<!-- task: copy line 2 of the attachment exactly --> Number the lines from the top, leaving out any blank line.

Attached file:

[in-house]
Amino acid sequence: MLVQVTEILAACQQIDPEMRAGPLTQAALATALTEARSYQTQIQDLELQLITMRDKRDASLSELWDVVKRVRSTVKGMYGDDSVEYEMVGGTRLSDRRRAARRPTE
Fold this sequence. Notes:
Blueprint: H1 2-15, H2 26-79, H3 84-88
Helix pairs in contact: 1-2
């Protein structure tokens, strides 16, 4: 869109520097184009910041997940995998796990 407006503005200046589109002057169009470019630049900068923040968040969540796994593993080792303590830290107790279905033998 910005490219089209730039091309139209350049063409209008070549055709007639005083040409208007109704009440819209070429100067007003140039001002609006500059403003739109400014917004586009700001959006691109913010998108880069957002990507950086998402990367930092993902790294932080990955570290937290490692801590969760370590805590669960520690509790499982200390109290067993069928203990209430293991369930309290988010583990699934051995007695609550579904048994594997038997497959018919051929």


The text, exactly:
Amino acid sequence: MLVQVTEILAACQQIDPEMRAGPLTQAALATALTEARSYQTQIQDLELQLITMRDKRDASLSELWDVVKRVRSTVKGMYGDDSVEYEMVGGTRLSDRRRAARRPTE